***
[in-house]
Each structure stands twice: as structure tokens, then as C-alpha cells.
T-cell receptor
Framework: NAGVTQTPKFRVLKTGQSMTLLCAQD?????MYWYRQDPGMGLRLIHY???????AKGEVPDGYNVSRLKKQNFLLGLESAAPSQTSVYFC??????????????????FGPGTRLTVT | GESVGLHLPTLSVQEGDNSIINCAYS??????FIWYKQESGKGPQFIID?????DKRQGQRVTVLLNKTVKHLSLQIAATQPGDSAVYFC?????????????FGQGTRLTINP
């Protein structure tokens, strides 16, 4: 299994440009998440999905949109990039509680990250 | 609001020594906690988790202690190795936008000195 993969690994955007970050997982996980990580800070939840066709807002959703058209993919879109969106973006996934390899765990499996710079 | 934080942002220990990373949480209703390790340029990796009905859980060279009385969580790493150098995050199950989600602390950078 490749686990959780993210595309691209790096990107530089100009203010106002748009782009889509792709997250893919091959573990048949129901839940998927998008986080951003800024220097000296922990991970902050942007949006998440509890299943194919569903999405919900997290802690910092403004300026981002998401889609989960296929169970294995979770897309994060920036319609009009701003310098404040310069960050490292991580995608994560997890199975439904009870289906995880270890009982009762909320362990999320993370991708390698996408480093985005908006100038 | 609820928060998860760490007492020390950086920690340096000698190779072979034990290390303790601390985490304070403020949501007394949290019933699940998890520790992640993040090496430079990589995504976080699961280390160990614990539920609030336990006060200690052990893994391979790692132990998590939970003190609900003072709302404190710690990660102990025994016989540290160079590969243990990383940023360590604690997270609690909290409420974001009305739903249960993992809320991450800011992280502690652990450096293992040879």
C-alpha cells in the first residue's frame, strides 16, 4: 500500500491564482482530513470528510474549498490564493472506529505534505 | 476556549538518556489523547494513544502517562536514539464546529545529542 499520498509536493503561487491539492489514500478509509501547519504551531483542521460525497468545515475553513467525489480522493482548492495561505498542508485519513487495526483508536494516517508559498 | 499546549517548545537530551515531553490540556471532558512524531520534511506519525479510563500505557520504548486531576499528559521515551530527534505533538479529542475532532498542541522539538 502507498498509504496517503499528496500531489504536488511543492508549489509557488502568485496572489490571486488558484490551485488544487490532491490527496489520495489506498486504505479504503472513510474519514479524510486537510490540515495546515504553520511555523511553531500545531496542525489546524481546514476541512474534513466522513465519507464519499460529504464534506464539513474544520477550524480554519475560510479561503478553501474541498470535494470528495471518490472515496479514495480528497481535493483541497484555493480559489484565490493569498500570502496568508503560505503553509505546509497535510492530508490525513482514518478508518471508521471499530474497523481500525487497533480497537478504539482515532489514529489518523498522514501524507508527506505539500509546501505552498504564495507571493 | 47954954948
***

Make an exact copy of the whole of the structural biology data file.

[in-house]
Each structure stands twice: as structure tokens, then as C-alpha cells.
T-cell receptor
Framework: NAGVTQTPKFRVLKTGQSMTLLCAQD?????MYWYRQDPGMGLRLIHY???????AKGEVPDGYNVSRLKKQNFLLGLESAAPSQTSVYFC??????????????????FGPGTRLTVT | GESVGLHLPTLSVQEGDNSIINCAYS??????FIWYKQESGKGPQFIID?????DKRQGQRVTVLLNKTVKHLSLQIAATQPGDSAVYFC?????????????FGQGTRLTINP
């Protein structure tokens, strides 16, 4: 299994440009998440999905949109990039509680990250 | 609001020594906690988790202690190795936008000195 993969690994955007970050997982996980990580800070939840066709807002959703058209993919879109969106973006996934390899765990499996710079 | 934080942002220990990373949480209703390790340029990796009905859980060279009385969580790493150098995050199950989600602390950078 490749686990959780993210595309691209790096990107530089100009203010106002748009782009889509792709997250893919091959573990048949129901839940998927998008986080951003800024220097000296922990991970902050942007949006998440509890299943194919569903999405919900997290802690910092403004300026981002998401889609989960296929169970294995979770897309994060920036319609009009701003310098404040310069960050490292991580995608994560997890199975439904009870289906995880270890009982009762909320362990999320993370991708390698996408480093985005908006100038 | 609820928060998860760490007492020390950086920690340096000698190779072979034990290390303790601390985490304070403020949501007394949290019933699940998890520790992640993040090496430079990589995504976080699961280390160990614990539920609030336990006060200690052990893994391979790692132990998590939970003190609900003072709302404190710690990660102990025994016989540290160079590969243990990383940023360590604690997270609690909290409420974001009305739903249960993992809320991450800011992280502690652990450096293992040879």
C-alpha cells in the first residue's frame, strides 16, 4: 500500500491564482482530513470528510474549498490564493472506529505534505 | 476556549538518556489523547494513544502517562536514539464546529545529542 499520498509536493503561487491539492489514500478509509501547519504551531483542521460525497468545515475553513467525489480522493482548492495561505498542508485519513487495526483508536494516517508559498 | 499546549517548545537530551515531553490540556471532558512524531520534511506519525479510563500505557520504548486531576499528559521515551530527534505533538479529542475532532498542541522539538 502507498498509504496517503499528496500531489504536488511543492508549489509557488502568485496572489490571486488558484490551485488544487490532491490527496489520495489506498486504505479504503472513510474519514479524510486537510490540515495546515504553520511555523511553531500545531496542525489546524481546514476541512474534513466522513465519507464519499460529504464534506464539513474544520477550524480554519475560510479561503478553501474541498470535494470528495471518490472515496479514495480528497481535493483541497484555493480559489484565490493569498500570502496568508503560505503553509505546509497535510492530508490525513482514518478508518471508521471499530474497523481500525487497533480497537478504539482515532489514529489518523498522514501524507508527506505539500509546501505552498504564495507571493 | 47954954948